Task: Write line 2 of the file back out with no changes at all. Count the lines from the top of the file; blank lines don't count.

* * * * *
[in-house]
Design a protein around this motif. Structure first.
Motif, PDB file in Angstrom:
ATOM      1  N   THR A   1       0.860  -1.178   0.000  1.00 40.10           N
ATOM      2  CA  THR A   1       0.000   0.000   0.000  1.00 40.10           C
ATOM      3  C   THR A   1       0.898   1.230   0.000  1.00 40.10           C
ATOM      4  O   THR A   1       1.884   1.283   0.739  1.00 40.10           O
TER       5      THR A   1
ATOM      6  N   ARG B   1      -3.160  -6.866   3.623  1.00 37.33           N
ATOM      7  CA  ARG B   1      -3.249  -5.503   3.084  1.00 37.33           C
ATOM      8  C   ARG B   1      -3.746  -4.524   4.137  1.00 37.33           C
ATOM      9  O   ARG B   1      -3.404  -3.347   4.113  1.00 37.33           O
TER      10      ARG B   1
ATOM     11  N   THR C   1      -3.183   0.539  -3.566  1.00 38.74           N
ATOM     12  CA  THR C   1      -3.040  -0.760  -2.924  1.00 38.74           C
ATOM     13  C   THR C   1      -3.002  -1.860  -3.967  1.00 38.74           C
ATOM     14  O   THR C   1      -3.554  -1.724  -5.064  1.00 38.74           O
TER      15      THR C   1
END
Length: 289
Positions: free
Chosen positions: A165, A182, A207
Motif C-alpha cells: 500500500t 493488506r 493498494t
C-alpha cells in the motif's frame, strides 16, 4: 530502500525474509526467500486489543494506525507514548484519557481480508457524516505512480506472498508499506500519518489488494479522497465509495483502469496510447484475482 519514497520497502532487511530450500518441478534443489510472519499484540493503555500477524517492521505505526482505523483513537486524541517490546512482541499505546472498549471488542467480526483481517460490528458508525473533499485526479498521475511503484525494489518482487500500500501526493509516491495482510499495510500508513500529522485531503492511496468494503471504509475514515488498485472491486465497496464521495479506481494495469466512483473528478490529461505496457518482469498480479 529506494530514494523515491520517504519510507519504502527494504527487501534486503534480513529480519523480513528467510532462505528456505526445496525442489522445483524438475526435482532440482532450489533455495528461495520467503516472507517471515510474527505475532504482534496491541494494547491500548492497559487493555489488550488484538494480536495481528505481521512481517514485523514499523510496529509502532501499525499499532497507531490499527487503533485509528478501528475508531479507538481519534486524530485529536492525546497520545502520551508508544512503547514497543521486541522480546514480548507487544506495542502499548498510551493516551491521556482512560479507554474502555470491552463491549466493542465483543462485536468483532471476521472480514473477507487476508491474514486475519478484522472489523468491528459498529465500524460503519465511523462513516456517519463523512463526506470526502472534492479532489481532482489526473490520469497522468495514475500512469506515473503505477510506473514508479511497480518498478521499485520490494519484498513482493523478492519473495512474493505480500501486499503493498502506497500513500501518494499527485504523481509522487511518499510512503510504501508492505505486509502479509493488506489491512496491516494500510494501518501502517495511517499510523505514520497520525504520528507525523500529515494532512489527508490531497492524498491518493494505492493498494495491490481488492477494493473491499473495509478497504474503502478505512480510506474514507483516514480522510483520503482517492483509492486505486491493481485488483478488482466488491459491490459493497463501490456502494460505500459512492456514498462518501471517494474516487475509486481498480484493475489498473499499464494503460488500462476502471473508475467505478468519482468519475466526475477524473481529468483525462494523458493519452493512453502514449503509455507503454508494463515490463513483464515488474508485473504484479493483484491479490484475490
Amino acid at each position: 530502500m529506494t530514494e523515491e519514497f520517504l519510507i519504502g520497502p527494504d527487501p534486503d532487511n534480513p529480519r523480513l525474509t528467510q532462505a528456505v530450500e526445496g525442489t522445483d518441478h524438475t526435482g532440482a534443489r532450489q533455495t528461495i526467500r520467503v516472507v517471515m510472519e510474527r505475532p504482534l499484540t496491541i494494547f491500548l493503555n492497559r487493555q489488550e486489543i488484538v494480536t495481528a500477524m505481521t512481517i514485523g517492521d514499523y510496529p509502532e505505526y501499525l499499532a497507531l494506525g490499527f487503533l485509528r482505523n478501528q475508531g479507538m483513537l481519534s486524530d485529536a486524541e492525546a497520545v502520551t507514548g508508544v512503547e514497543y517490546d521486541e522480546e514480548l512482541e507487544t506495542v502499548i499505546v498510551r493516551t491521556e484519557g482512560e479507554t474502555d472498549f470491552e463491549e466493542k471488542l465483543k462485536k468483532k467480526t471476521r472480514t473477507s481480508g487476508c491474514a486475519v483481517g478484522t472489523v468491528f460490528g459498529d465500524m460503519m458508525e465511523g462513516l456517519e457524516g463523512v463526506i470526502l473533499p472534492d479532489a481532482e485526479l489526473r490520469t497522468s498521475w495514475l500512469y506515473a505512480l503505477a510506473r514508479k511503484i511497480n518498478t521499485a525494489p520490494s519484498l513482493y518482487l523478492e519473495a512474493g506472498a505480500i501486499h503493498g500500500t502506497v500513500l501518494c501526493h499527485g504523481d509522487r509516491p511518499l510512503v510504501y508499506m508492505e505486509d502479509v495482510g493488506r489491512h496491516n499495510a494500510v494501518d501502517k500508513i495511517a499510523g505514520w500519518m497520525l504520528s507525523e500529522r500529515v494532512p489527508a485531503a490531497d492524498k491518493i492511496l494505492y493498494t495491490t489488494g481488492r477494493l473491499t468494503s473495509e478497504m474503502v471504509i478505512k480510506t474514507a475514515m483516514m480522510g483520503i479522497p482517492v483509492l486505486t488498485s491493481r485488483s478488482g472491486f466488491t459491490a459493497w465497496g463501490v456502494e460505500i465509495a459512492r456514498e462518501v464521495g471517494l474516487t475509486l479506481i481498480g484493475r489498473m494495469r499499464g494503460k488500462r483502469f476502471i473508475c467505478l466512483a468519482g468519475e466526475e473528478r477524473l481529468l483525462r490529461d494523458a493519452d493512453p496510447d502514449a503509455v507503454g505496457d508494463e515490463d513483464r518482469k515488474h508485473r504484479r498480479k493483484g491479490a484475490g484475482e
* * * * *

Design a protein around this motif. Structure first.